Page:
The Freedom From Religion Foundation and the Internal Revenue Service are poised to resolve FFRF’s closely-watched federal lawsuit challenging the IRS’s non-enforcement of anti-electioneering restrictions by tax-exempt churches. The expected settlement would be a major coup for FFRF, a state/church watchdog and the nation’s largest freethought association, now topping 21,000 members.
FFRF and the IRS filed an agreement on July 17 to dismiss the lawsuit voluntarily, following communications from the IRS that it no longer has a policy of non-enforcement against churches. The settlement would allow FFRF to voluntarily dismiss its lawsuit “without prejudice,” meaning FFRF can renew the lawsuit if the IRS reverts to its previous inaction. As of press time, District Judge Lynn S. Adelman, of Milwaukee, had not yet ruled on the agreement.
However, the agreement is being disputed by an obscure Milwaukee-area church, Holy Cross Anglican Church, which is intervening in the case and is represented by the Becket Fund for Religious Liberty.
“We’re proud that FFRF’s litigation should ensure that the IRS will now resume enforcing the law, and go after churches which abuse their tax-exempt privilege by attempting to illegally influence the outcome of elections. Otherwise, churches will become unaccountable PACs, congregations could turn into political wards, and donations to the collection box could be used for political purposes. FFRF’s litigation will help safeguard our democratic election process,” said FFRF Co-President Dan Barker.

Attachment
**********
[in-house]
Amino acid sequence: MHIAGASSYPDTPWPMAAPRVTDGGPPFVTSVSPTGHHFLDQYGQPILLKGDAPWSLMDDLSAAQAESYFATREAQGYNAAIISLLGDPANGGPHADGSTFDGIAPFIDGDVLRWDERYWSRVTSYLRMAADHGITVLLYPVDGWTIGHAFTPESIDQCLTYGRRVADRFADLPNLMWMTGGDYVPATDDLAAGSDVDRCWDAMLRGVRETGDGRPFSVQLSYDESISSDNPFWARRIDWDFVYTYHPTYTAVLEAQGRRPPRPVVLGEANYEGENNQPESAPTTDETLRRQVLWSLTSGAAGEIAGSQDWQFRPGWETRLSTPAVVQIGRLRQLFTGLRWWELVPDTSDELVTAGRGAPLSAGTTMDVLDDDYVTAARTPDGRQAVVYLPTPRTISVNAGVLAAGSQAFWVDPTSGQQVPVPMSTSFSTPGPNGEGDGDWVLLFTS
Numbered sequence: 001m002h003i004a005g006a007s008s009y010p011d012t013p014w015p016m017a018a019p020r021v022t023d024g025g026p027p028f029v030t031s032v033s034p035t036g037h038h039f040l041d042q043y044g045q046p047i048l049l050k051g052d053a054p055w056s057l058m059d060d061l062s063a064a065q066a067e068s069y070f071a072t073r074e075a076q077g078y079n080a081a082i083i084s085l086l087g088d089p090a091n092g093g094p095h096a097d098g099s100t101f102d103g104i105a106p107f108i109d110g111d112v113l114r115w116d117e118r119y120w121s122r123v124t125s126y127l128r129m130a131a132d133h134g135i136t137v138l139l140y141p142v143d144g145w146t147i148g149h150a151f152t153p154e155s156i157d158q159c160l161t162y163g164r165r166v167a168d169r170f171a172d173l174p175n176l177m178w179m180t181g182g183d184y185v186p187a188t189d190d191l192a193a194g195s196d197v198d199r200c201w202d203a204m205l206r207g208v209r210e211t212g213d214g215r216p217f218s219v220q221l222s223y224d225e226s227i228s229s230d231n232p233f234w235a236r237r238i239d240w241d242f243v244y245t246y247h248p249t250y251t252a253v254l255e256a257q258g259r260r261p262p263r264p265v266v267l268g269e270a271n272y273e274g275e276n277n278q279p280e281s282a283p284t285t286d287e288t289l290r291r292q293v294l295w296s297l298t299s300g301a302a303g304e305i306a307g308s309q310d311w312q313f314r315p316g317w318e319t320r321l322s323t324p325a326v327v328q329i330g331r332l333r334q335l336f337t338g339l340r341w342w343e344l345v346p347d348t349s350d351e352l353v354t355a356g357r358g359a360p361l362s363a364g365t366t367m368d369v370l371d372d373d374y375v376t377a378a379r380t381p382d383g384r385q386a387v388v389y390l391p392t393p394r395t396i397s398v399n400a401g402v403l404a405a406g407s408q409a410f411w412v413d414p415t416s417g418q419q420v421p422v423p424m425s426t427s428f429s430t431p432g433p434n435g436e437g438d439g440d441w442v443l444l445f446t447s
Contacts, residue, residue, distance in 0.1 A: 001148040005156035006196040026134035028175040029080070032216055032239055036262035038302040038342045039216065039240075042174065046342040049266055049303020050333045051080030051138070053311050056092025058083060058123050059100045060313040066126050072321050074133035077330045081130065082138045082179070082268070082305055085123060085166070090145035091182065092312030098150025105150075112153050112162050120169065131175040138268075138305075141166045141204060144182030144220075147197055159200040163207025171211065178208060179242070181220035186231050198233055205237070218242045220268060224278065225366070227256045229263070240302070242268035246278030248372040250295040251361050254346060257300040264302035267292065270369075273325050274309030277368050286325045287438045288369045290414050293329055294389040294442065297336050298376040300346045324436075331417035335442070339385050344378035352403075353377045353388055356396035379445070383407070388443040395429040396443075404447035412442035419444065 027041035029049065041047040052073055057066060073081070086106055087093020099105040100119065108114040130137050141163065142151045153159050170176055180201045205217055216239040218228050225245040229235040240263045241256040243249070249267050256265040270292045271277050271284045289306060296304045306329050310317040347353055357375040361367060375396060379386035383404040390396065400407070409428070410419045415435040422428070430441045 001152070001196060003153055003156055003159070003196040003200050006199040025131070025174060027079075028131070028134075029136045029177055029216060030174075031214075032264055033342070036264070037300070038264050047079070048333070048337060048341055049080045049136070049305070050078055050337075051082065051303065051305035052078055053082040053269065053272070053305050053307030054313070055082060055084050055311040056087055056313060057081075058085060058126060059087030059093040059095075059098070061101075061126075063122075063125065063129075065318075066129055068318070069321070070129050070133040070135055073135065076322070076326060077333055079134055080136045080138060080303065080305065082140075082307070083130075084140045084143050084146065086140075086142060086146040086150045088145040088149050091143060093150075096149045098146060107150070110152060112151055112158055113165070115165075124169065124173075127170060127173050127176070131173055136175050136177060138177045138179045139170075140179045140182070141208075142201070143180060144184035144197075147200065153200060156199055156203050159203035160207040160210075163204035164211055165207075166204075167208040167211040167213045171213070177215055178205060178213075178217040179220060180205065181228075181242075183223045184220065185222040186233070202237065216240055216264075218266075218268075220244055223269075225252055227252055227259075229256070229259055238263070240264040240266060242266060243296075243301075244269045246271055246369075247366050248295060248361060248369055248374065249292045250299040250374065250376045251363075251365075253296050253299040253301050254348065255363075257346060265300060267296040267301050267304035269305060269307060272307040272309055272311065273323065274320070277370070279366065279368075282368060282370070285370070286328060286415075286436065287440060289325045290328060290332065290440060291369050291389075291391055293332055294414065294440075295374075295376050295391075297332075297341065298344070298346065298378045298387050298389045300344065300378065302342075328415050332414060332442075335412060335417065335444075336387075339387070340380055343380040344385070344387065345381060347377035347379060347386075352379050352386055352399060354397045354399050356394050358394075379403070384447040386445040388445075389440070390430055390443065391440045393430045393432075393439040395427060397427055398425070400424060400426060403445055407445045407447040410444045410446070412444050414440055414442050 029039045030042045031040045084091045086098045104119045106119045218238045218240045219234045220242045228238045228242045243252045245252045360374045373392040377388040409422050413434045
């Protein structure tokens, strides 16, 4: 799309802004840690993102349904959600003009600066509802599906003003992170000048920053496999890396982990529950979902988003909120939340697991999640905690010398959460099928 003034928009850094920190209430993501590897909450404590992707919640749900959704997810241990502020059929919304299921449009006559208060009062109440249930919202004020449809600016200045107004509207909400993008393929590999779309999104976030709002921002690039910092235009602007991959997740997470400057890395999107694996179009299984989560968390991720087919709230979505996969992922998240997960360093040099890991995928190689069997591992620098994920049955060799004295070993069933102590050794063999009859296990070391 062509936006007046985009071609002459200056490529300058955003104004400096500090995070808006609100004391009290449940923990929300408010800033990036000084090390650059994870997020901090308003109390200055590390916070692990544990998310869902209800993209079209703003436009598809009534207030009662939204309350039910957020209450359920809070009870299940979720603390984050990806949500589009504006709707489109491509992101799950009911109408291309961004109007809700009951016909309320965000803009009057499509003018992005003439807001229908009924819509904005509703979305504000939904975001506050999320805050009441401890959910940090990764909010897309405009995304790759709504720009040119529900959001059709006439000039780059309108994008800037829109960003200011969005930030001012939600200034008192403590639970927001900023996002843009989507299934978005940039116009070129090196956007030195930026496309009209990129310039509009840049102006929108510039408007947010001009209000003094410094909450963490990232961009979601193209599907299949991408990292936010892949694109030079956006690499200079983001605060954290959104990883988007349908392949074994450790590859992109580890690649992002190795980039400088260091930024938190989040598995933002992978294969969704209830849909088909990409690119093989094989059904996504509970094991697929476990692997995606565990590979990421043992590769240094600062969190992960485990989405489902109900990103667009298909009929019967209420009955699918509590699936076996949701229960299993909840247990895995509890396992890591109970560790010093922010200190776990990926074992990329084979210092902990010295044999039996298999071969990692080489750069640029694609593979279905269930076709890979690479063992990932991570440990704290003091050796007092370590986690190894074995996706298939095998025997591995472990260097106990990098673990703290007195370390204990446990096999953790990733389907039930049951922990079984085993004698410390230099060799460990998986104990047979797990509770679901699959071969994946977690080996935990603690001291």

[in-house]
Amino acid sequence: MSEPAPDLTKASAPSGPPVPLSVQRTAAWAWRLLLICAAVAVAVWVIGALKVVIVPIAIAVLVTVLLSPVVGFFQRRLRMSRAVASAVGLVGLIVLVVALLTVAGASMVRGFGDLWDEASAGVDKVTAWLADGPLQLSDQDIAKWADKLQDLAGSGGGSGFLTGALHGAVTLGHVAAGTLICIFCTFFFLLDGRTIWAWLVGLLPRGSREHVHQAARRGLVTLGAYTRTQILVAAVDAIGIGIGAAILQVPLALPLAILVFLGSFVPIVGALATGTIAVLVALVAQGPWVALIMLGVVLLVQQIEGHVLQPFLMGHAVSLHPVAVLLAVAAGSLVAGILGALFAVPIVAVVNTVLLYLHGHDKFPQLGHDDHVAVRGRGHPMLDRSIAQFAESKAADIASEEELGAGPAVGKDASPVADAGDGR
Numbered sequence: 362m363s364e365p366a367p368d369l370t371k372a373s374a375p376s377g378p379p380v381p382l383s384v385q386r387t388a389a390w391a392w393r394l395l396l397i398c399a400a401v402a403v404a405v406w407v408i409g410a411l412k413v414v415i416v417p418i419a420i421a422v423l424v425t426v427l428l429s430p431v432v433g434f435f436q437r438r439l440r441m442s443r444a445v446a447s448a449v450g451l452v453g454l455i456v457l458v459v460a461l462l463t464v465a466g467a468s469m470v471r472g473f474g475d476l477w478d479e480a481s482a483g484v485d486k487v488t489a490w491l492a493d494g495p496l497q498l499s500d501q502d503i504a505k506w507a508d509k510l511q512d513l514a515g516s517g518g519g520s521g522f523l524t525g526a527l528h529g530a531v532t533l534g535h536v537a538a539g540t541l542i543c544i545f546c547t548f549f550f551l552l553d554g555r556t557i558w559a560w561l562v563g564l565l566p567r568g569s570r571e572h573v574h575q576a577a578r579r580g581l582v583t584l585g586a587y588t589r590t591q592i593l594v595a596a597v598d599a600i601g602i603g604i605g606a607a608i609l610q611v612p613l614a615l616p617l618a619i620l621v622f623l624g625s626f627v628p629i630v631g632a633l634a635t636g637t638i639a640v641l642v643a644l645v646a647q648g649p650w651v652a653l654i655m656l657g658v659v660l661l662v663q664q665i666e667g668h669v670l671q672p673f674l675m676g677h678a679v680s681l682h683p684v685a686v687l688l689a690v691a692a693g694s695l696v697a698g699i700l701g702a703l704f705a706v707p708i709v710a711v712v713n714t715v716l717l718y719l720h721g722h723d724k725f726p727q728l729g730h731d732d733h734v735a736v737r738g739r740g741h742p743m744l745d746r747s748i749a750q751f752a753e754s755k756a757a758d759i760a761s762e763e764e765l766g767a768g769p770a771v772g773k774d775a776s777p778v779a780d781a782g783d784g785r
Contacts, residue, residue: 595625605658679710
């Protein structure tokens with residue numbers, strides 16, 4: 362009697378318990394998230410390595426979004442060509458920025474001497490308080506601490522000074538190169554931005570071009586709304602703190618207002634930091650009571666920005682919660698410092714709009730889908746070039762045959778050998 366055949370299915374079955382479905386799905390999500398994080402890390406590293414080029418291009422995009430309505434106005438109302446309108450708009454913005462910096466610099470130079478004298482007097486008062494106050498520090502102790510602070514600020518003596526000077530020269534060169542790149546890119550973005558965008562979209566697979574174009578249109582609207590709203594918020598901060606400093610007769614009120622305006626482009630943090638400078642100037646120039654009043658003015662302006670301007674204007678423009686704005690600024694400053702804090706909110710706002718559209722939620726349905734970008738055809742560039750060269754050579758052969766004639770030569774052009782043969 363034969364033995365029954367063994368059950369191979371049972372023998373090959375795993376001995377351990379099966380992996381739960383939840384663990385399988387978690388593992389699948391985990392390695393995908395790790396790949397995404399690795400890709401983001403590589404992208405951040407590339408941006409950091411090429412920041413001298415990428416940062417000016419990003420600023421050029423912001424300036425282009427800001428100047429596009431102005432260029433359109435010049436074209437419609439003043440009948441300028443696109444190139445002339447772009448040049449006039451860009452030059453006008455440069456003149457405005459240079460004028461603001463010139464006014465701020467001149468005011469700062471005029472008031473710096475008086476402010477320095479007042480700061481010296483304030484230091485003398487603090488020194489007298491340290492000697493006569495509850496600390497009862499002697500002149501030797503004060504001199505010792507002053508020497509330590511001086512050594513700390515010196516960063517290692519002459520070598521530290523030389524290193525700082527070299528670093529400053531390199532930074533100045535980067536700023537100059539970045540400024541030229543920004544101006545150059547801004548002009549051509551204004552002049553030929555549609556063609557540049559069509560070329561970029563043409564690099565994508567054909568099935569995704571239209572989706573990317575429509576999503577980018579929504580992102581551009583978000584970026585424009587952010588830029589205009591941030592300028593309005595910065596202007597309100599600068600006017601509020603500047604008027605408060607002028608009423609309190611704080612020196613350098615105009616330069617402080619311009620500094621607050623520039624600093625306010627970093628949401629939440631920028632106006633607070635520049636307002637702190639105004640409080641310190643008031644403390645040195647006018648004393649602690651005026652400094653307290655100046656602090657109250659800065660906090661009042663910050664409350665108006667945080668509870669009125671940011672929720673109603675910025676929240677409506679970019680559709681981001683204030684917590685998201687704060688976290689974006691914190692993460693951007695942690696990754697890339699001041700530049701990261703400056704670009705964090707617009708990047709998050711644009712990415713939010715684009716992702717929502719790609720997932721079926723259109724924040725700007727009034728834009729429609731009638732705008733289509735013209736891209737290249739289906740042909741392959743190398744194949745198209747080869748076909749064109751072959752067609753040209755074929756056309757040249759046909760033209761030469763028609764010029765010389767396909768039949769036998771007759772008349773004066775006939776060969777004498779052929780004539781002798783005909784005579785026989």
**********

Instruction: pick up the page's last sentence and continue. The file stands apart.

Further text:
FFRF filed suit against the IRS shortly after the presidential election in 2012, based on the agency’s reported moratorium on enforcing the electioneering restrictions against churches and religious organizations. No 501(c)(3) entity, including churches, may retain tax-exemption if it endorses political candidates.
Yet the IRS had no procedure in place to initiate churches examinations, after a Minnesota district court invalidated the IRS’ prior procedure in 2009. Church groups began to notoriously and openly engage in politicking from the pulpit, including at annual organized events to flout the law known as “Pulpit Freedom Sunday.” An IRS official publicly reported in 2012 that the IRS had an on-going moratorium on making church tax examinations, in spite of flagrant and public electioneering by churches and religious organizations.
On June 16, a year and a half after first filing suit, FFRF received its first information from the IRS indicating it no longer has a policy of non-enforcement against churches. FFRF’s counsel, Richard L. Bolton, also discussed the policy with the Department of Justice, and on June 27, FFRF was apprised that the IRS has a procedure in place for “signature authority” to initiate church tax investigations or examinations.
Complicating the practical effect for now of the settlement is the global moratorium currently in place on IRS investigations of any tax-exempt entities, church or otherwise, while Congress conducts its probe on IRS tea party policies.
The intervening church filed a motion insisting: “FFRF should not be in a position to drop this lawsuit and file an identical lawsuit (and again put the Church’s interests in jeopardy) a week, a month, or a year in the future.” The Becket Fund has asked the federal court to dismiss the suit “with prejudice,” so that FFRF could not renew its challenge if the IRS reverts to taking no action on violative churches.
On July 29, FFRF filed a response making it clear FFRF will only dismiss voluntarily if “our agreement has teeth,” said FFRF Co-President Annie Laurie Gaylor, “to ensure that we can resume the suit if anti-electioneering provisions are not enforced in the future against rogue political churches.”
Alliance Defending Freedom, which is the force behind Pulpit Freedom Sunday, and which has proclaimed Oct. 5 Pulpit Freedom Sunday this year, also got into the act, filing a Freedom of Information Act request after learning of the July 17 agreement, insinuating that the IRS was withholding information.
Contrary to the intervenor’s contention, “there is nothing strange, collusive, or concealed here,” noted the IRS in a July 22 motion filed with the court.